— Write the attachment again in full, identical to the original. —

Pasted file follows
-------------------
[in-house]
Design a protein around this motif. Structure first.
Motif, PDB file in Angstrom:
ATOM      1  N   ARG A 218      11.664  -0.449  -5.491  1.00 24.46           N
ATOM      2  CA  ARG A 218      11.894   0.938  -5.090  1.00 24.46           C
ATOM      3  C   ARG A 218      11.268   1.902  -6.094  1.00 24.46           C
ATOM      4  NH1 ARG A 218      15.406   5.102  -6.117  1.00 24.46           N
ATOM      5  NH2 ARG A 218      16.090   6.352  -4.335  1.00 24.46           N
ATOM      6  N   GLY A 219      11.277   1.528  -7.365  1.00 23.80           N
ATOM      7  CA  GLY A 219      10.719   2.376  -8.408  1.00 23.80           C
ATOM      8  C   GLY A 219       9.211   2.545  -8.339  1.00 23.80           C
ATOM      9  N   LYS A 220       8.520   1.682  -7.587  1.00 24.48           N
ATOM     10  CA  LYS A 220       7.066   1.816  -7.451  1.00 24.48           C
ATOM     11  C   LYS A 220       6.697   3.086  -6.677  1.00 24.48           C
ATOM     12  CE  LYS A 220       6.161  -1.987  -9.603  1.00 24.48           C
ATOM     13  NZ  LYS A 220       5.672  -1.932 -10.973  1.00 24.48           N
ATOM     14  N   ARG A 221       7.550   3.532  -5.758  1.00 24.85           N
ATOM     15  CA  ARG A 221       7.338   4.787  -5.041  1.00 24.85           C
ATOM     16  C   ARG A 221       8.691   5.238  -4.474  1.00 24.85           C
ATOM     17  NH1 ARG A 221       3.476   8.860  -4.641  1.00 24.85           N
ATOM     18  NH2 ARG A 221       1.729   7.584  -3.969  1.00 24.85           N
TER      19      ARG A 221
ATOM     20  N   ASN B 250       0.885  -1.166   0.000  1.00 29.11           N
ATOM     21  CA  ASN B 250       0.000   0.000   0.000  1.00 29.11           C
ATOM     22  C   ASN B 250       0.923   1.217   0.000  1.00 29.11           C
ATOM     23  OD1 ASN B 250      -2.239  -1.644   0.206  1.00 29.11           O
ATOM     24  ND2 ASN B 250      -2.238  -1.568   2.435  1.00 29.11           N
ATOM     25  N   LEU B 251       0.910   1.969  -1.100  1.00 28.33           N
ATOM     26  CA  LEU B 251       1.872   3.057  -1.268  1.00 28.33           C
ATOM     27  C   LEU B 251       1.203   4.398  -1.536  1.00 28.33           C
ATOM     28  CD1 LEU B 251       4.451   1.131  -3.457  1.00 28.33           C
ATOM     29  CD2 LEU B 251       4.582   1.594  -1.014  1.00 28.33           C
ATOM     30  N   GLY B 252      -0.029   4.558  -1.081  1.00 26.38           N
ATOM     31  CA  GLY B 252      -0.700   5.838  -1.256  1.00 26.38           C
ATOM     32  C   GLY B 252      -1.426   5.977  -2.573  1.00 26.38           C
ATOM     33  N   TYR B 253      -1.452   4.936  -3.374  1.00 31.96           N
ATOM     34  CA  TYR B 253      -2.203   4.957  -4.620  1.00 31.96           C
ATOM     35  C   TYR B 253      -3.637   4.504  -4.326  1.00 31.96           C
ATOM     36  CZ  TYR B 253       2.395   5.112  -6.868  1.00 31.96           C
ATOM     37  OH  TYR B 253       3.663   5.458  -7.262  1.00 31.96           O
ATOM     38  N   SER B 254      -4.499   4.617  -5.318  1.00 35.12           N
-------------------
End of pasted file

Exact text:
[in-house]
Design a protein around this motif. Structure first.
Motif, PDB file in Angstrom:
ATOM      1  N   ARG A 218      11.664  -0.449  -5.491  1.00 24.46           N
ATOM      2  CA  ARG A 218      11.894   0.938  -5.090  1.00 24.46           C
ATOM      3  C   ARG A 218      11.268   1.902  -6.094  1.00 24.46           C
ATOM      4  NH1 ARG A 218      15.406   5.102  -6.117  1.00 24.46           N
ATOM      5  NH2 ARG A 218      16.090   6.352  -4.335  1.00 24.46           N
ATOM      6  N   GLY A 219      11.277   1.528  -7.365  1.00 23.80           N
ATOM      7  CA  GLY A 219      10.719   2.376  -8.408  1.00 23.80           C
ATOM      8  C   GLY A 219       9.211   2.545  -8.339  1.00 23.80           C
ATOM      9  N   LYS A 220       8.520   1.682  -7.587  1.00 24.48           N
ATOM     10  CA  LYS A 220       7.066   1.816  -7.451  1.00 24.48           C
ATOM     11  C   LYS A 220       6.697   3.086  -6.677  1.00 24.48           C
ATOM     12  CE  LYS A 220       6.161  -1.987  -9.603  1.00 24.48           C
ATOM     13  NZ  LYS A 220       5.672  -1.932 -10.973  1.00 24.48           N
ATOM     14  N   ARG A 221       7.550   3.532  -5.758  1.00 24.85           N
ATOM     15  CA  ARG A 221       7.338   4.787  -5.041  1.00 24.85           C
ATOM     16  C   ARG A 221       8.691   5.238  -4.474  1.00 24.85           C
ATOM     17  NH1 ARG A 221       3.476   8.860  -4.641  1.00 24.85           N
ATOM     18  NH2 ARG A 221       1.729   7.584  -3.969  1.00 24.85           N
TER      19      ARG A 221
ATOM     20  N   ASN B 250       0.885  -1.166   0.000  1.00 29.11           N
ATOM     21  CA  ASN B 250       0.000   0.000   0.000  1.00 29.11           C
ATOM     22  C   ASN B 250       0.923   1.217   0.000  1.00 29.11           C
ATOM     23  OD1 ASN B 250      -2.239  -1.644   0.206  1.00 29.11           O
ATOM     24  ND2 ASN B 250      -2.238  -1.568   2.435  1.00 29.11           N
ATOM     25  N   LEU B 251       0.910   1.969  -1.100  1.00 28.33           N
ATOM     26  CA  LEU B 251       1.872   3.057  -1.268  1.00 28.33           C
ATOM     27  C   LEU B 251       1.203   4.398  -1.536  1.00 28.33           C
ATOM     28  CD1 LEU B 251       4.451   1.131  -3.457  1.00 28.33           C
ATOM     29  CD2 LEU B 251       4.582   1.594  -1.014  1.00 28.33           C
ATOM     30  N   GLY B 252      -0.029   4.558  -1.081  1.00 26.38           N
ATOM     31  CA  GLY B 252      -0.700   5.838  -1.256  1.00 26.38           C
ATOM     32  C   GLY B 252      -1.426   5.977  -2.573  1.00 26.38           C
ATOM     33  N   TYR B 253      -1.452   4.936  -3.374  1.00 31.96           N
ATOM     34  CA  TYR B 253      -2.203   4.957  -4.620  1.00 31.96           C
ATOM     35  C   TYR B 253      -3.637   4.504  -4.326  1.00 31.96           C
ATOM     36  CZ  TYR B 253       2.395   5.112  -6.868  1.00 31.96           C
ATOM     37  OH  TYR B 253       3.663   5.458  -7.262  1.00 31.96           O
ATOM     38  N   SER B 254      -4.499   4.617  -5.318  1.00 35.12           N